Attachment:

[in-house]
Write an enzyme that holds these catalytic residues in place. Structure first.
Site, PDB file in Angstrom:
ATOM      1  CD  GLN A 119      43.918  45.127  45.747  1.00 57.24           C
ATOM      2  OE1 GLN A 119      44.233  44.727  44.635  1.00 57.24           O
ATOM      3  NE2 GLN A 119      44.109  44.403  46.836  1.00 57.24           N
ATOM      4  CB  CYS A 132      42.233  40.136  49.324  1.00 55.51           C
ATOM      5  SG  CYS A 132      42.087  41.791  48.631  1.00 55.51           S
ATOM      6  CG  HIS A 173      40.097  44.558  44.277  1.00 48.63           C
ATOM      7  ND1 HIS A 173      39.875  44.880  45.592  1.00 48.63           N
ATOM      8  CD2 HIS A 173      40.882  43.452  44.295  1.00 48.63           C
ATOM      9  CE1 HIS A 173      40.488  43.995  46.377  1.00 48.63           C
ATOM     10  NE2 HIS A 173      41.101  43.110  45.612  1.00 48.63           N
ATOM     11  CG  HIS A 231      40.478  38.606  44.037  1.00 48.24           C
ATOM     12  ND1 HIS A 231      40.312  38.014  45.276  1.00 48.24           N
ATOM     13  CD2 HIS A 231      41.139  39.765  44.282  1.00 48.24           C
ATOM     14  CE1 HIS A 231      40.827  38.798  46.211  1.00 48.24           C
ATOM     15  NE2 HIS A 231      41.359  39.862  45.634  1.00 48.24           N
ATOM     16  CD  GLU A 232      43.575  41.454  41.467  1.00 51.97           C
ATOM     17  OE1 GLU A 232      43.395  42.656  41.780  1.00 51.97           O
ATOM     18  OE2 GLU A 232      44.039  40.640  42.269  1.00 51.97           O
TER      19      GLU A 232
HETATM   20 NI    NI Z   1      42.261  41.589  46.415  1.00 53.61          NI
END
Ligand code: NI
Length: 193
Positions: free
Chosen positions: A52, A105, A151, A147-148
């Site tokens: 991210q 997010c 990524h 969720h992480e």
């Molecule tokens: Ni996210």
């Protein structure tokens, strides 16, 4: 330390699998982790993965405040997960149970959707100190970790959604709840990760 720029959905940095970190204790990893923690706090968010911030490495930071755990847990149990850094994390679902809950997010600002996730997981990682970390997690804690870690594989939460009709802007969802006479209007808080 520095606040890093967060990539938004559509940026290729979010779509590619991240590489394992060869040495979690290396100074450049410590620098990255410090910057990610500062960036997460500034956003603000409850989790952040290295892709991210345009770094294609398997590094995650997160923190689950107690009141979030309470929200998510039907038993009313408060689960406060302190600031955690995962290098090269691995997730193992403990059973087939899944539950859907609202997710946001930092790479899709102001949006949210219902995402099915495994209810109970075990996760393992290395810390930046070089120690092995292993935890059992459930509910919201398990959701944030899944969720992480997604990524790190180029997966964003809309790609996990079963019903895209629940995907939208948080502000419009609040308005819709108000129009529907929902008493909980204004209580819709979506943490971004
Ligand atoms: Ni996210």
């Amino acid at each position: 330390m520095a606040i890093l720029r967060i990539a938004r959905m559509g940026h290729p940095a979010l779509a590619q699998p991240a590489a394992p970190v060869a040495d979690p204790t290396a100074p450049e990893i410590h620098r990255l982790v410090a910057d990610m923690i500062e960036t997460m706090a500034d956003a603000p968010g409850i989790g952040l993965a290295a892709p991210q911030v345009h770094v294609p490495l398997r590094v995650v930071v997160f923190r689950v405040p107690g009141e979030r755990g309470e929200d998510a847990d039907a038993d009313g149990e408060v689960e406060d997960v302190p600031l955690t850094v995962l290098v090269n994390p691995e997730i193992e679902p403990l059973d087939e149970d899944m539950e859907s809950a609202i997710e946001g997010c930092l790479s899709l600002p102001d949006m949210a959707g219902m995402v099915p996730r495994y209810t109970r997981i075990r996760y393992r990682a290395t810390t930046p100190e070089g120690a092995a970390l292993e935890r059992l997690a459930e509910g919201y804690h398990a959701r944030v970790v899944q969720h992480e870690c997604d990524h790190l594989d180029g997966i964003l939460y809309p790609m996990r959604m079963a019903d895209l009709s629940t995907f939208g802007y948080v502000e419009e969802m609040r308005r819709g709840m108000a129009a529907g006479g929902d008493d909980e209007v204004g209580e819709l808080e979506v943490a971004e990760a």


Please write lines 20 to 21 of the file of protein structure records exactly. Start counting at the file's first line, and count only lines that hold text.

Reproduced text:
ATOM     17  OE1 GLU A 232      43.395  42.656  41.780  1.00 51.97           O
ATOM     18  OE2 GLU A 232      44.039  40.640  42.269  1.00 51.97           O